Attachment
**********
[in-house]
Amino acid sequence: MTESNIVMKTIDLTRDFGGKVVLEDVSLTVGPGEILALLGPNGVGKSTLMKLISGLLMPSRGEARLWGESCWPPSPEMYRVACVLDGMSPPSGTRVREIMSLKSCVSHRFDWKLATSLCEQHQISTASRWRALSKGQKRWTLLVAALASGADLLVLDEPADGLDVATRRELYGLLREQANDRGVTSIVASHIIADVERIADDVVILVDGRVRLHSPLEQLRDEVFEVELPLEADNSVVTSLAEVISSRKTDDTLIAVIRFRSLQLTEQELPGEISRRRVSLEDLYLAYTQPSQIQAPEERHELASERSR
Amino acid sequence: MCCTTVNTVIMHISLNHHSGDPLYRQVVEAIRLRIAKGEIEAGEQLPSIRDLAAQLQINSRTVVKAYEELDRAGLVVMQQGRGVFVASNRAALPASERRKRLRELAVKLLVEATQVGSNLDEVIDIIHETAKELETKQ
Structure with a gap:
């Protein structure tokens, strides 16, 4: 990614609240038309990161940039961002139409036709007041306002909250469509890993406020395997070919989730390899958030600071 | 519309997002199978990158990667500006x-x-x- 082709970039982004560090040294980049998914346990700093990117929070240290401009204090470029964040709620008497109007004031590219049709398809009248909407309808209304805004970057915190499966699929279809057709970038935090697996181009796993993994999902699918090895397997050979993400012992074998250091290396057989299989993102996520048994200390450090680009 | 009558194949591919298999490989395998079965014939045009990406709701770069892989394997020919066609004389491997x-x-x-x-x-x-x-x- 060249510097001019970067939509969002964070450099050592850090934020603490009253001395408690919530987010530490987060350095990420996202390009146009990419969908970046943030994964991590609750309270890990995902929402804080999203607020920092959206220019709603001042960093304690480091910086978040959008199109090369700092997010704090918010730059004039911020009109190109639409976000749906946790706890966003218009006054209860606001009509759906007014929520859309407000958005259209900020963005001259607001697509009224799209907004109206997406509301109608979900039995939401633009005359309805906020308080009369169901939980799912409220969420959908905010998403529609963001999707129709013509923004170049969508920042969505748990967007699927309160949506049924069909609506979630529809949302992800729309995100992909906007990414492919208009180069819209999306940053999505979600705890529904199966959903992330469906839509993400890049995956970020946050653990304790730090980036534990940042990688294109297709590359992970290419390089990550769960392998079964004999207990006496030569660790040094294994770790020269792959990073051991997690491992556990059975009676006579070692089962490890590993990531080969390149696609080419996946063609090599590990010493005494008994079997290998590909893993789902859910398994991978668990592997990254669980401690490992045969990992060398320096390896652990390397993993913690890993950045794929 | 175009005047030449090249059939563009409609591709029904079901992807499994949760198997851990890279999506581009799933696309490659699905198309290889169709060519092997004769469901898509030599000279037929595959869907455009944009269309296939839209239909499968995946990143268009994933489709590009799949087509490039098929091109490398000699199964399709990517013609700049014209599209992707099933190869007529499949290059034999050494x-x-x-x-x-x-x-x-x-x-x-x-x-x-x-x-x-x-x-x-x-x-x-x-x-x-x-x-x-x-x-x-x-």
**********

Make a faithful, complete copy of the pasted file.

[in-house]
Amino acid sequence: MTESNIVMKTIDLTRDFGGKVVLEDVSLTVGPGEILALLGPNGVGKSTLMKLISGLLMPSRGEARLWGESCWPPSPEMYRVACVLDGMSPPSGTRVREIMSLKSCVSHRFDWKLATSLCEQHQISTASRWRALSKGQKRWTLLVAALASGADLLVLDEPADGLDVATRRELYGLLREQANDRGVTSIVASHIIADVERIADDVVILVDGRVRLHSPLEQLRDEVFEVELPLEADNSVVTSLAEVISSRKTDDTLIAVIRFRSLQLTEQELPGEISRRRVSLEDLYLAYTQPSQIQAPEERHELASERSR
Amino acid sequence: MCCTTVNTVIMHISLNHHSGDPLYRQVVEAIRLRIAKGEIEAGEQLPSIRDLAAQLQINSRTVVKAYEELDRAGLVVMQQGRGVFVASNRAALPASERRKRLRELAVKLLVEATQVGSNLDEVIDIIHETAKELETKQ
Structure with a gap:
């Protein structure tokens, strides 16, 4: 990614609240038309990161940039961002139409036709007041306002909250469509890993406020395997070919989730390899958030600071 | 519309997002199978990158990667500006x-x-x- 082709970039982004560090040294980049998914346990700093990117929070240290401009204090470029964040709620008497109007004031590219049709398809009248909407309808209304805004970057915190499966699929279809057709970038935090697996181009796993993994999902699918090895397997050979993400012992074998250091290396057989299989993102996520048994200390450090680009 | 009558194949591919298999490989395998079965014939045009990406709701770069892989394997020919066609004389491997x-x-x-x-x-x-x-x- 060249510097001019970067939509969002964070450099050592850090934020603490009253001395408690919530987010530490987060350095990420996202390009146009990419969908970046943030994964991590609750309270890990995902929402804080999203607020920092959206220019709603001042960093304690480091910086978040959008199109090369700092997010704090918010730059004039911020009109190109639409976000749906946790706890966003218009006054209860606001009509759906007014929520859309407000958005259209900020963005001259607001697509009224799209907004109206997406509301109608979900039995939401633009005359309805906020308080009369169901939980799912409220969420959908905010998403529609963001999707129709013509923004170049969508920042969505748990967007699927309160949506049924069909609506979630529809949302992800729309995100992909906007990414492919208009180069819209999306940053999505979600705890529904199966959903992330469906839509993400890049995956970020946050653990304790730090980036534990940042990688294109297709590359992970290419390089990550769960392998079964004999207990006496030569660790040094294994770790020269792959990073051991997690491992556990059975009676006579070692089962490890590993990531080969390149696609080419996946063609090599590990010493005494008994079997290998590909893993789902859910398994991978668990592997990254669980401690490992045969990992060398320096390896652990390397993993913690890993950045794929 | 175009005047030449090249059939563009409609591709029904079901992807499994949760198997851990890279999506581009799933696309490659699905198309290889169709060519092997004769469901898509030599000279037929595959869907455009944009269309296939839209239909499968995946990143268009994933489709590009799949087509490039098929091109490398000699199964399709990517013609700049014209599209992707099933190869007529499949290059034999050494x-x-x-x-x-x-x-x-x-x-x-x-x-x-x-x-x-x-x-x-x-x-x-x-x-x-x-x-x-x-x-x-x-």